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Previous Challenge Entry (Level 3 – Advanced)
Topic: Sunday School (10/25/07)

TITLE: My Daughter, the Daisy
By Jan Ross
10/28/07


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We couldn’t have picked a better name—Daisy Marissa Schaffer. It was love at first sight. Oh, she loved her Daddy, but we shared a special bond. Perhaps it was because I understood her so well since I, too, was adopted. Never did I stop to think there was a possibility…

She loves me not.

Daisy was born to an unwed mother who loved her enough to release her, granting us the privilege of raising her as our own, joining our family when she was almost six months old. She looked like a daisy—white curls graced the most beautifully rounded little face with rosy cheeks. She was the most exquisite planting of the Lord in the fertile ground of this mother’s heart. Her eyes spoke to me so profoundly…

She loves me.

As she began to develop into her own little person, we certainly had our moments. Like any wildflower, she had a mind of her own and tested the boundaries we established for her. I was sure there were moments she thought…

She loves me not.

Her third birthday arrived. Oh, the look on her face! My sister made a daisy-shaped cake with three big candles right in the middle. The flames reflected in her eyes like sunlight on the deep blue ocean—brilliantly radiating her love to everyone in the room. She smiled at me and I just knew…

She loves me.

The first day of kindergarten brought a mixture of tears—her tears mingling with mine as we experienced the pangs of our first separation. As she stepped through the door of her classroom she looked back at me as if to question why I would make her leave my side. I feared at that moment…

She loves me not.

I laugh when I look at her first grade pictures. Her teacher put a daisy in her hair right before they snapped the picture. There she is with the biggest toothless grin you can imagine. She loved school, she loved her teacher, and…

She loves me.

When she was eight years old, our church planned a Sunday school outing. Daisy asked her little friend to join us. I vividly remember sitting on the picnic bench watching them skip across the playground, hand in hand, when it hit me—she’s growing up. I prayed there would never be a day when she would look at back at me and think…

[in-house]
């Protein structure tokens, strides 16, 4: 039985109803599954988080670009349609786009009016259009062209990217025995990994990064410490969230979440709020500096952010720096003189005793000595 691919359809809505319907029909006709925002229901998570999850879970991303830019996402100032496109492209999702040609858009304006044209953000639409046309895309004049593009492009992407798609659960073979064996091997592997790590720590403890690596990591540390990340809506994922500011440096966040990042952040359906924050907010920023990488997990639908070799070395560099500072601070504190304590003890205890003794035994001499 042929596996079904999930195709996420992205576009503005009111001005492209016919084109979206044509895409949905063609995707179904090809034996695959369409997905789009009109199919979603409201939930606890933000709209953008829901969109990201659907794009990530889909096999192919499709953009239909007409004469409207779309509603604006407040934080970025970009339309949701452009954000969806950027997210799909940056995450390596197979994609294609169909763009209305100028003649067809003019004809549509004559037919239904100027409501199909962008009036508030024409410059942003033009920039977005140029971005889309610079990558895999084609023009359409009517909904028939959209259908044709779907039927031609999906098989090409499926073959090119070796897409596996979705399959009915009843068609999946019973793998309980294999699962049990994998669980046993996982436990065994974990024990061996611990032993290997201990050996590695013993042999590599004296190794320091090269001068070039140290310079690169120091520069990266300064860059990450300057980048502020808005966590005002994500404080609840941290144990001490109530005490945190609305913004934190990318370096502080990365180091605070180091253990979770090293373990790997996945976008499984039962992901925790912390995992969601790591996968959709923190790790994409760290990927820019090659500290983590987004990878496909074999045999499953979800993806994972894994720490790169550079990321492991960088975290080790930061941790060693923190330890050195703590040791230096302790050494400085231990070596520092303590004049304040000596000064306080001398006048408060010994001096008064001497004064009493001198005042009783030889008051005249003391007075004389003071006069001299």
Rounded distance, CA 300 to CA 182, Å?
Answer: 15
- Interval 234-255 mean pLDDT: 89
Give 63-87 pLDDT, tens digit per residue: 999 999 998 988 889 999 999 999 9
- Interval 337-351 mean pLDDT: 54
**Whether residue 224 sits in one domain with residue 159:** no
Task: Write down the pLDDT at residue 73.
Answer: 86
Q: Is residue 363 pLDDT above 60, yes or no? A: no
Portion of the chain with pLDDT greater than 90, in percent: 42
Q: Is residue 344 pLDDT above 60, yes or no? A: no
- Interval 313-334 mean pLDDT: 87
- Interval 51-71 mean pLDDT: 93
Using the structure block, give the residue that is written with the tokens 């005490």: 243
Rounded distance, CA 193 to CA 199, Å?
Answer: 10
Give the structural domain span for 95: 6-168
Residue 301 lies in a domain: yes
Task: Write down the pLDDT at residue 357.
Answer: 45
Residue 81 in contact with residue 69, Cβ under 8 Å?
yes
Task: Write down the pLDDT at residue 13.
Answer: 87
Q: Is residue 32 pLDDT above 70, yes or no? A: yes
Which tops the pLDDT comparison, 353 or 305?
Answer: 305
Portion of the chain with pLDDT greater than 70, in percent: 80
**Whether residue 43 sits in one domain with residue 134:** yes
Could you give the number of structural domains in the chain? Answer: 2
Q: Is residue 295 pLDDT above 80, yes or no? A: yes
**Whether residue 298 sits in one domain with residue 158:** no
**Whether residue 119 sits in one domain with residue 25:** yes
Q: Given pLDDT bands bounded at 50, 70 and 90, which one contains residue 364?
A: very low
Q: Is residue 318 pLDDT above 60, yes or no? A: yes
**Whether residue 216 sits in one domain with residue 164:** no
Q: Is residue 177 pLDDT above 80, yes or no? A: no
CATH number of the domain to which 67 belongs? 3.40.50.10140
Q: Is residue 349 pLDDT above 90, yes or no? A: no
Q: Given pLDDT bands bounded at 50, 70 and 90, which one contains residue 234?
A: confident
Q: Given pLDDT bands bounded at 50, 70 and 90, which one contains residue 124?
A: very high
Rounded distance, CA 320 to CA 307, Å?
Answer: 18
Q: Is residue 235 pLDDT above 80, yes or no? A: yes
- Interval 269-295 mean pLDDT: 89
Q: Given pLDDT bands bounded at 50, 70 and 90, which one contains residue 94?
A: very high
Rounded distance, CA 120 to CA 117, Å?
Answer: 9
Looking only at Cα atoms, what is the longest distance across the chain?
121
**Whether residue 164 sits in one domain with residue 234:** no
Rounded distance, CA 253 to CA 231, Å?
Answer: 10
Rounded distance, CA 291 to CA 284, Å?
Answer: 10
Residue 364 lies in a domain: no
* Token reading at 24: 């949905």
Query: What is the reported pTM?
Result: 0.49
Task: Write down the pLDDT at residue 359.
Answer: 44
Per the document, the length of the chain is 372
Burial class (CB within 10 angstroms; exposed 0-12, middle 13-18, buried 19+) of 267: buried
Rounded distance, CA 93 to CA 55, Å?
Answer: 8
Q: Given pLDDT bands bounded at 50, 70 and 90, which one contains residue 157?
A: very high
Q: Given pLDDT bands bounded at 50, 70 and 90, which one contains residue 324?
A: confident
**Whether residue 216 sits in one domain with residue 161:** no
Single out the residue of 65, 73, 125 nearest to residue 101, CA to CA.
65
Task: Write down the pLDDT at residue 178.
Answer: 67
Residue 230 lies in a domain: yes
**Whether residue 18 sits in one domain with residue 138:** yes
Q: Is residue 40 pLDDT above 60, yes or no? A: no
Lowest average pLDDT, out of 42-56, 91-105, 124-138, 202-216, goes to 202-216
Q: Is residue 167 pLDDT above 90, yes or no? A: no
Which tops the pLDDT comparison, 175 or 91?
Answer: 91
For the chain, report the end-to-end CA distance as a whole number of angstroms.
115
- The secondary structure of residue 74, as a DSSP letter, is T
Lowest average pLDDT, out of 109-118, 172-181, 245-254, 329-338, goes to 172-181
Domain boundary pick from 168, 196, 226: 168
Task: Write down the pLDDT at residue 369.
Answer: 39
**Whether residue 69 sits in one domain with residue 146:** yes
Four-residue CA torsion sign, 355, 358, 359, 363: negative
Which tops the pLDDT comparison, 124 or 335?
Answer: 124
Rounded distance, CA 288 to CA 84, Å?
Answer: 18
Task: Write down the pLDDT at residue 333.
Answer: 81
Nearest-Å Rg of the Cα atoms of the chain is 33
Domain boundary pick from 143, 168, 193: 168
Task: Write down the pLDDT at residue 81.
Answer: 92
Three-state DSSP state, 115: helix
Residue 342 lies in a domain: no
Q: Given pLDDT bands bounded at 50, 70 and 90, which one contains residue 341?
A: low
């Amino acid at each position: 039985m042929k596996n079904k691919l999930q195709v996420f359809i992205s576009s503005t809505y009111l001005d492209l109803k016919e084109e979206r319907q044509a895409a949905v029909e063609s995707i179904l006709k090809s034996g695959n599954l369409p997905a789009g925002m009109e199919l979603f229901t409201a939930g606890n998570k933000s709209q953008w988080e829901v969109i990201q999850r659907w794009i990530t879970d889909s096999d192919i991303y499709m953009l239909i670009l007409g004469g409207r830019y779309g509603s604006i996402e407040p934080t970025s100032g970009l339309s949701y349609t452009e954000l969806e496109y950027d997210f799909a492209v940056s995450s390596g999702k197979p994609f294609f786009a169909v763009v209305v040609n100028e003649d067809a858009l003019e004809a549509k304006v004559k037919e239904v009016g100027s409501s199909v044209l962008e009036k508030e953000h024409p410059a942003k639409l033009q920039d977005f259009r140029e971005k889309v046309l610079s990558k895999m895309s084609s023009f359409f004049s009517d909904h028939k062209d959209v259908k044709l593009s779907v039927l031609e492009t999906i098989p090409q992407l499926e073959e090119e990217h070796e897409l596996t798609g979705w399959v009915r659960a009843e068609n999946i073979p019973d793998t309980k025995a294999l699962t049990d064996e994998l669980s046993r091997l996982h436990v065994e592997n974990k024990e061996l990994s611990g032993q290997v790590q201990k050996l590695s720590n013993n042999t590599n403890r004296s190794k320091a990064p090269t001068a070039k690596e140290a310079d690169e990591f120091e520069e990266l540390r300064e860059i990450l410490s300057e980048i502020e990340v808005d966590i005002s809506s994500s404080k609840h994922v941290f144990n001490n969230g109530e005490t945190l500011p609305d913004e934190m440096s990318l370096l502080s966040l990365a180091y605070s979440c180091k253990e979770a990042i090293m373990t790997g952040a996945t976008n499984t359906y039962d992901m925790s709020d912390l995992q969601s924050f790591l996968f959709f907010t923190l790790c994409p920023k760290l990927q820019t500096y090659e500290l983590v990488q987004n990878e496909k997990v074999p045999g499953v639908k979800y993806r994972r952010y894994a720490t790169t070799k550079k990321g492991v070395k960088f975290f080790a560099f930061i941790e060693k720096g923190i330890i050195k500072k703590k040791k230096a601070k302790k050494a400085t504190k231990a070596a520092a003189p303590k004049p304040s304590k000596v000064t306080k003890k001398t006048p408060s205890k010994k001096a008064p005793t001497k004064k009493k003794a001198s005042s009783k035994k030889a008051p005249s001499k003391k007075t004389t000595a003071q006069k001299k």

She loves me not.

Daisy had the leading role in the Sunday School Christmas Drama when she was twelve. There she stood before the entire congregation, reciting scriptures as she played Mary. She never ceased to amaze me with her talents. I loved her so much and…

She loves me.

Her teen years were typical as she struggled to find her identity. It seemed as if each year challenged her with greater temptations to give in to peer pressure. We had our disagreements and sometimes spoke harsh words. I understood her frustrations—it’s not easy growing up in this world. Although she persevered, there were times she looked at me and I was convinced…

She loves me not.

Then one day I sat in the front of the church with tears in my eyes watching my Daisy walk down the aisle with her Daddy. She was just as exquisite as the moment we first laid eyes on her. Her beautiful hair, her rosy cheeks, her sparkling eyes, her brilliant smile…Miss Daisy Marissa Schaffer would become Mrs. Daisy Marissa Clemons. As she walked past me, she smiled at me with glistening eyes and I knew…

She loves me.

Not long ago she came by for a visit with her newborn baby. I marveled at the white curly hair and rosy cheeks bundled in the pink blanket. What a miracle of life! We talked over coffee. Then I asked her, “What are the most important things you will give your child that we gave you?” Not once did it occur to me…

She loves me not.

I’ll never forget the tears of love streaming down her beautiful face. “It’s what you taught me—what I learned through the years of Sunday School. Our children will know God.” She took my hand, squeezed it and reminded me…

She loves me.

Daisy was plucked from this earth not many days after in a terrible accident. But the volumes of words shared between us—words of love and knowing God personally are forever preserved in the memory of my daughter, the “Daisy”.


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This article has been read 929 times
Member Comments
Member Date
Betty Castleberry11/01/07
I love the way this is put together. The formatting is unique and very clever. I'm not sure how strong on topic it is, but I really enjoyed this.
LauraLee Shaw11/02/07
Creative and entertaining read. Nicely done.
william price11/02/07
Inspiring writing. I can't think of a word above masterful, so I will just say, anointingly gifted. I really enjoyed the read. God bless.
Sharlyn Guthrie11/02/07
Brilliant, and cleverly constructed. Very touching, too.
Laury Hubrich 11/03/07
Wow! This was wonderful. It really captivated me to the end. I love how you laid it out. What a sad ending, though.
Laury
Leigh MacKelvey11/03/07
A wonderfully written piece with such creative format!
I enjoyed the read.
Joy Faire Stewart11/04/07
What a tribute to a loved one! This is beautifully written and very engaging.
Jan Ackerson 11/04/07
Oh Jan, this is soooooo precious! The structure is way beyond masterful. What an accomplishment!
Christine Dunn11/04/07
Lovely - I can imagine the petals of the daisy falling away with every 'She loves me...', revealing more of her true self. I enjoyed watching her grow up.
Verna Cole Mitchell 11/04/07
I loved this mother's heart written so plainly for all to see.
Karen Wilber 11/04/07
Cool!! This is so creative and fun and touching! I had to keep reading just to see how you'd connect things together. Love the snapshots into their lives.
Kristen Hester11/05/07
I love the format of this. Very clever. The ending is sad, but the story overall is precious.